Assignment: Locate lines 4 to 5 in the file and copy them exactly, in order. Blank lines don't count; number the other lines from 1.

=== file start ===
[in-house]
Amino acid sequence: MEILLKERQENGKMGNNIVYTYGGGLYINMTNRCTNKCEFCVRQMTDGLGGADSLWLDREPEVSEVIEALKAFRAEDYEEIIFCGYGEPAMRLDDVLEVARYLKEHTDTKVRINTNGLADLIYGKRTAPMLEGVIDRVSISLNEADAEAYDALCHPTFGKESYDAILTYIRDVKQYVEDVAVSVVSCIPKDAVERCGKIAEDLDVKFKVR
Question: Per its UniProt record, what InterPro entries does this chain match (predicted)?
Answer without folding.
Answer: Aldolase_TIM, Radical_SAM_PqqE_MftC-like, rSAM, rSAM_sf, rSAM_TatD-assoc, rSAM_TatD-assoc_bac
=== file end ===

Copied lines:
Answer without folding.
Answer: Aldolase_TIM, Radical_SAM_PqqE_MftC-like, rSAM, rSAM_sf, rSAM_TatD-assoc, rSAM_TatD-assoc_bac